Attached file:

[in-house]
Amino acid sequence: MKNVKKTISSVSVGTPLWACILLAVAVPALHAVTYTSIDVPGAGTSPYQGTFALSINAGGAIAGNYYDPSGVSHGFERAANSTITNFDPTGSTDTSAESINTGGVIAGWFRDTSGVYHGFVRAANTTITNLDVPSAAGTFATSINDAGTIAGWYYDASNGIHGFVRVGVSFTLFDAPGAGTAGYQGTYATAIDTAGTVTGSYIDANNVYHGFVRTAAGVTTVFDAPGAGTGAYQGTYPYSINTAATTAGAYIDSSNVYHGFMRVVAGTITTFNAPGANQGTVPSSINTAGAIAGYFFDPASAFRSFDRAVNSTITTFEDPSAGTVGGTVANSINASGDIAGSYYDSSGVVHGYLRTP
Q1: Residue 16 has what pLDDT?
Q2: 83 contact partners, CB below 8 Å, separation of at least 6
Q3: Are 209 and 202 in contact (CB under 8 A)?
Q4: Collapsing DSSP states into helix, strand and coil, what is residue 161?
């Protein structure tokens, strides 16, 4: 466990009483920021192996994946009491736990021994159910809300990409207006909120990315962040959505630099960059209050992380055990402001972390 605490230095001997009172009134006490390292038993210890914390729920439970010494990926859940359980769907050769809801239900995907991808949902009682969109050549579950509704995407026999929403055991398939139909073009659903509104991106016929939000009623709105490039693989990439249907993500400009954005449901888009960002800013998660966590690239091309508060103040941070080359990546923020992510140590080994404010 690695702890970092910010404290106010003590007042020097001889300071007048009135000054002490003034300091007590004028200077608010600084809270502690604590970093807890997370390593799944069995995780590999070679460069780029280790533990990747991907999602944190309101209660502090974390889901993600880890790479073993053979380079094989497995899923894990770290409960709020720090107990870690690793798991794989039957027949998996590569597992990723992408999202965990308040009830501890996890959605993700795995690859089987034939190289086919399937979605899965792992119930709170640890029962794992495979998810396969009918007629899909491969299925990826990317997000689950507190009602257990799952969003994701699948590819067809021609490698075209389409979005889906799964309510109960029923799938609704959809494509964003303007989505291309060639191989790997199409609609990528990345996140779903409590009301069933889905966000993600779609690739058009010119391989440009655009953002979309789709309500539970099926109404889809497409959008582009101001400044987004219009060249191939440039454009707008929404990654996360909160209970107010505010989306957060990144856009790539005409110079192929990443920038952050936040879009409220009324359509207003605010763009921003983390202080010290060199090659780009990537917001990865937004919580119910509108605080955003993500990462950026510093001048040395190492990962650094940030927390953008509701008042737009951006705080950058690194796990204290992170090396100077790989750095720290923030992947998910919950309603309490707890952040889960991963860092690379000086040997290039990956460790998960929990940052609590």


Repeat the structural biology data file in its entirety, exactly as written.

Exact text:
[in-house]
Amino acid sequence: MKNVKKTISSVSVGTPLWACILLAVAVPALHAVTYTSIDVPGAGTSPYQGTFALSINAGGAIAGNYYDPSGVSHGFERAANSTITNFDPTGSTDTSAESINTGGVIAGWFRDTSGVYHGFVRAANTTITNLDVPSAAGTFATSINDAGTIAGWYYDASNGIHGFVRVGVSFTLFDAPGAGTAGYQGTYATAIDTAGTVTGSYIDANNVYHGFVRTAAGVTTVFDAPGAGTGAYQGTYPYSINTAATTAGAYIDSSNVYHGFMRVVAGTITTFNAPGANQGTVPSSINTAGAIAGYFFDPASAFRSFDRAVNSTITTFEDPSAGTVGGTVANSINASGDIAGSYYDSSGVVHGYLRTP
Q1: Residue 16 has what pLDDT?
Q2: 83 contact partners, CB below 8 Å, separation of at least 6
Q3: Are 209 and 202 in contact (CB under 8 A)?
Q4: Collapsing DSSP states into helix, strand and coil, what is residue 161?
């Protein structure tokens, strides 16, 4: 466990009483920021192996994946009491736990021994159910809300990409207006909120990315962040959505630099960059209050992380055990402001972390 605490230095001997009172009134006490390292038993210890914390729920439970010494990926859940359980769907050769809801239900995907991808949902009682969109050549579950509704995407026999929403055991398939139909073009659903509104991106016929939000009623709105490039693989990439249907993500400009954005449901888009960002800013998660966590690239091309508060103040941070080359990546923020992510140590080994404010 690695702890970092910010404290106010003590007042020097001889300071007048009135000054002490003034300091007590004028200077608010600084809270502690604590970093807890997370390593799944069995995780590999070679460069780029280790533990990747991907999602944190309101209660502090974390889901993600880890790479073993053979380079094989497995899923894990770290409960709020720090107990870690690793798991794989039957027949998996590569597992990723992408999202965990308040009830501890996890959605993700795995690859089987034939190289086919399937979605899965792992119930709170640890029962794992495979998810396969009918007629899909491969299925990826990317997000689950507190009602257990799952969003994701699948590819067809021609490698075209389409979005889906799964309510109960029923799938609704959809494509964003303007989505291309060639191989790997199409609609990528990345996140779903409590009301069933889905966000993600779609690739058009010119391989440009655009953002979309789709309500539970099926109404889809497409959008582009101001400044987004219009060249191939440039454009707008929404990654996360909160209970107010505010989306957060990144856009790539005409110079192929990443920038952050936040879009409220009324359509207003605010763009921003983390202080010290060199090659780009990537917001990865937004919580119910509108605080955003993500990462950026510093001048040395190492990962650094940030927390953008509701008042737009951006705080950058690194796990204290992170090396100077790989750095720290923030992947998910919950309603309490707890952040889960991963860092690379000086040997290039990956460790998960929990940052609590």